Why do muscular bodies invoke this kind of reaction? I have a few suggestions. For one thing, it is practically impossible to be visibly muscular by accident. Sure there might be some shredded farmer somewhere, who simply gained muscle mass through plowing the fields and lifting bales of hay, but I doubt it. Growing large, balanced, and proportionate muscles takes dedicated and consistent hard work and knowledge, coupled with an interest in proper nutrition. Diet is essential to visible muscularity. Trust me, I know. I lift heavy and work out six days a week, but I now overeat and my absolutely massive muscles—ha ha—are covered in fat. No one gives me a hard time about my appearance anymore, though I am technically just as muscular as I was before. As far as I can tell being fit is fine and being muscular is fine. But displaying deliberately grown muscles like a big feeling prick is not fine, especially at a Planet Fitness gym. Why should this be the case?
While visibly muscular people, especially women, are regularly accused of narcissism, this is not really the problem. Women are encouraged to care about their appearance and to spend time “improving” it with make-up and hair care products. Women who refuse to conform to standards of attractiveness will be punished in numerous overt and subtle ways as they go about their everyday lives. The issue lies elsewhere. In my opinion, the visibly muscular body is objectified and subject to stereotyping. Some audiences view muscular people as things, assuming that muscular bodies convey clear messages, usually messages aimed at them. From this point of view, visibly muscular bodies insult others, telling presumably unfit and unmuscular people that they are fat, worthless, and lacking in self-discipline. Now this kind of misreading of the muscular body is understandable, given the media portrayal of Jillian Michaels, Maria Kang, and that horrible model who photographed a larger woman showering at the gym. Those muscular women did insult and fat-shame others. It does not follow, however, that all visibly muscular bodies send the same negative message, nor any message at all. You know those muscly fit dudes in the weight lifting area? Those bros wearing skimpy tank tops and backwards ball caps? What do they think of people with soft flabby arms at the gym? Probably nothing at all. Those guys are serious about working out and do not care who else is there or what they look like as long as they follow gym etiquette by not crowding them or standing in front of the mirror or leaving weights lying around on the floor or smelling really bad. It is the same for those gorgeous women who wear tiny bras and have giant “she squats” butts. Those ladies do not give a shit about you or me. They do not give a rat’s ass about anyone with less muscle than them. They have goals and plans and probably a complicated life. Their appearance is not in and of itself oppressive to anyone.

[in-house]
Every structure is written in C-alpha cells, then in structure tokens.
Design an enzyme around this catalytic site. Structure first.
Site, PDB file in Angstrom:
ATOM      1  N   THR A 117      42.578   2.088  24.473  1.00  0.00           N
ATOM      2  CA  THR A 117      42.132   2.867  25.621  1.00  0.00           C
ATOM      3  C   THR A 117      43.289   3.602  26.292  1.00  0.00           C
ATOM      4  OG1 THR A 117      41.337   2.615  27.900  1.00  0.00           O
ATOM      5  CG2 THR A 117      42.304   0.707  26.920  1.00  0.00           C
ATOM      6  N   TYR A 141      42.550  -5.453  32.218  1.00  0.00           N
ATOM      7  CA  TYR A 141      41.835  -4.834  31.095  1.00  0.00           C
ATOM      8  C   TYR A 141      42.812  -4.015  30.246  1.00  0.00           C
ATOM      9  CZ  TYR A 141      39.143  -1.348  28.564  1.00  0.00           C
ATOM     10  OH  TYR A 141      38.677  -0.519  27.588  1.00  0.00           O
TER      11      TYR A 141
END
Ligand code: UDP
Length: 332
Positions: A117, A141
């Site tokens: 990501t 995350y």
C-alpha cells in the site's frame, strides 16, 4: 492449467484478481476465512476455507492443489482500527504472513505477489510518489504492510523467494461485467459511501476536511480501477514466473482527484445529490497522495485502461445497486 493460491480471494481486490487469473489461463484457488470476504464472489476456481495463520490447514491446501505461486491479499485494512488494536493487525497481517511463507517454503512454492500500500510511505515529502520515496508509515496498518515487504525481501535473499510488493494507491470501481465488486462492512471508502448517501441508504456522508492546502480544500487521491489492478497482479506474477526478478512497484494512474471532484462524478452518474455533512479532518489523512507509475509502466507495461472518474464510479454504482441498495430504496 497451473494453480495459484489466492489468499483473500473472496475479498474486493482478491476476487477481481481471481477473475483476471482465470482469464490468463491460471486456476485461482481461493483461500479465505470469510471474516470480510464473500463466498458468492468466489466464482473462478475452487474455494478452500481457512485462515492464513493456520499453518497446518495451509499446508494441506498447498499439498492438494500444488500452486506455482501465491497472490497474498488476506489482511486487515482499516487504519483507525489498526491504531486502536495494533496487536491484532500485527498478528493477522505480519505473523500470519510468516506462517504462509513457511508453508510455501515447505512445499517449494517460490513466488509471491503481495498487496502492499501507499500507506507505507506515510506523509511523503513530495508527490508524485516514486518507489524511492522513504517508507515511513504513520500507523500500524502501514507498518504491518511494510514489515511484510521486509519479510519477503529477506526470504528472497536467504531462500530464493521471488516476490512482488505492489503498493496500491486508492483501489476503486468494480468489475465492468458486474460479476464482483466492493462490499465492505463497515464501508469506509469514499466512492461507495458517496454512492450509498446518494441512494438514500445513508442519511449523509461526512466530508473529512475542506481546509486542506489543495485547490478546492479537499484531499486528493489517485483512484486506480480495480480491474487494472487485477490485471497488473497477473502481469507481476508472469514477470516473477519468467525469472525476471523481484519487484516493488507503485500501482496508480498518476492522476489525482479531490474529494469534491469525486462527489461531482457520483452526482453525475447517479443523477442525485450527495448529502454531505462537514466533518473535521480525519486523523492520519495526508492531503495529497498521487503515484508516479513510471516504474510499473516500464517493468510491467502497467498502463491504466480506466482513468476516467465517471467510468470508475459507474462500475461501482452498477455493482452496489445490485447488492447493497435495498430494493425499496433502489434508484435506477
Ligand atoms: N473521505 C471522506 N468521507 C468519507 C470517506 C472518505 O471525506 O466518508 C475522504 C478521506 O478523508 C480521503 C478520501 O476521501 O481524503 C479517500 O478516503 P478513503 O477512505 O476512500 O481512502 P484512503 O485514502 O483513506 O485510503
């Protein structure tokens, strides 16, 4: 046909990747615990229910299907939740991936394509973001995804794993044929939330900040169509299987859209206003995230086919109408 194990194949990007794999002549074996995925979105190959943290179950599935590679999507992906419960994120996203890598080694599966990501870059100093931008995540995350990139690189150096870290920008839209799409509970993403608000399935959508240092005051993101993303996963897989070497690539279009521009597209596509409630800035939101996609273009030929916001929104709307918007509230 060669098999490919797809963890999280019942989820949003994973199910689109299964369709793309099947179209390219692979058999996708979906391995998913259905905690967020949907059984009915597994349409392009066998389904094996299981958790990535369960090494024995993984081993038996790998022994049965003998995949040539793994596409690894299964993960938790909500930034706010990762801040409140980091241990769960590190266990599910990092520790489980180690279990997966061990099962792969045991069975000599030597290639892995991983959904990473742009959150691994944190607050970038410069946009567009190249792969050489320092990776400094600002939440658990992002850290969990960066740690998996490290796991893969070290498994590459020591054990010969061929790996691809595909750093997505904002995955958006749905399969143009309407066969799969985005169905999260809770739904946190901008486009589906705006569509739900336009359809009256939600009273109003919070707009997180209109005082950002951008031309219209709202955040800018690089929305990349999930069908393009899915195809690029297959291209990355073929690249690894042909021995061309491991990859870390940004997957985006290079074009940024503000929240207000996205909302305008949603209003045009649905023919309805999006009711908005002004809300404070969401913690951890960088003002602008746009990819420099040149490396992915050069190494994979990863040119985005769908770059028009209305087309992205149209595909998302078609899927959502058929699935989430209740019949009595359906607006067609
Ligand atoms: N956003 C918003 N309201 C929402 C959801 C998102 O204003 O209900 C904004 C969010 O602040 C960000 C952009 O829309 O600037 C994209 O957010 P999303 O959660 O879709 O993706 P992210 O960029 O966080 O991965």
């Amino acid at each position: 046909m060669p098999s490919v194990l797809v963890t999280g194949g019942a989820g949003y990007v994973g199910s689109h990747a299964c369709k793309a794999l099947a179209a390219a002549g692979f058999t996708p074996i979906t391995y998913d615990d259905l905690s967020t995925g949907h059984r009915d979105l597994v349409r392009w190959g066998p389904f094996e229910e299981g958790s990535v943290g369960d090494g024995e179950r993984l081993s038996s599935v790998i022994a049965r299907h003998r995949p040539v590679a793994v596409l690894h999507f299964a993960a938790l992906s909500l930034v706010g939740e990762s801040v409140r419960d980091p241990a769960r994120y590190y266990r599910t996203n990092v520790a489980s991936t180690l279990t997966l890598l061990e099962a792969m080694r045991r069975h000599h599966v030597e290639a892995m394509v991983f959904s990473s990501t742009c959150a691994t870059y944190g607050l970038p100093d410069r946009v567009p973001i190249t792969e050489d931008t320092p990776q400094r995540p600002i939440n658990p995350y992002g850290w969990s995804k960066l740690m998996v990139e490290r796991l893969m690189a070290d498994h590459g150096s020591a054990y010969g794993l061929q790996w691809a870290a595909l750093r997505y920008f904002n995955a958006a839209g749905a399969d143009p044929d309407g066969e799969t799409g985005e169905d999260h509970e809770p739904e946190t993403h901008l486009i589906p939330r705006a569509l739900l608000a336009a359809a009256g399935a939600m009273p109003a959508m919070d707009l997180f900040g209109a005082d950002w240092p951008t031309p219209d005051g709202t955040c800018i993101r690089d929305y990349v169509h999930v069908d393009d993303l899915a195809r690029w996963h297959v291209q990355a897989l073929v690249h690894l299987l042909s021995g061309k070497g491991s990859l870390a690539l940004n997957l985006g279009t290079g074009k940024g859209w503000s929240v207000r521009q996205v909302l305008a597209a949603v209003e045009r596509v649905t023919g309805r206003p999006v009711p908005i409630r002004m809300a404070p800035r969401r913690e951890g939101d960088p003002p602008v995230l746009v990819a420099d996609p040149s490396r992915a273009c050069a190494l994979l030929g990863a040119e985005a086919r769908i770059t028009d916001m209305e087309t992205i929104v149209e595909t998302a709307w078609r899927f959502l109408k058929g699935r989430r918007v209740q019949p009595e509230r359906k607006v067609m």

This rambling discussion brings me to the issue of dress codes at the gym, especially those that require people to cover up their midriffs and shoulders. I call bull shit on them. Such rules are discriminatory and should be illegal. Muscular shoulders do not send a message to fat people. Six pack abs do not infringe on the rights of anyone else. People who feel uncomfortable around such muscular bodies need to reconsider the source of their discomfort, potentially locating it in dominant cultural norms rather than individuals. There are many legitimate reasons for fat or unfit people to take issue with the fitness industry—and here I am referring to the commercialized nonsense you see online and on TV, not actual fitness professionals who are well educated and regularly work with a diverse range of clients. But the best way to feel comfortable at the gym is to engage with such fitness professionals and learn how to work out. As a middle-aged, no-longer-visibly-muscular woman I feel completely at ease in any gym, with any number of hot men and women around me. I now work out regularly at the gym on campus, and I am almost always the oldest and least attractive person there. I am nevertheless comfortable because I know how to train and use all of the equipment, without annoying those around me. I would not feel better or fitter if all undergraduates were forced to wear baggy t-shirts.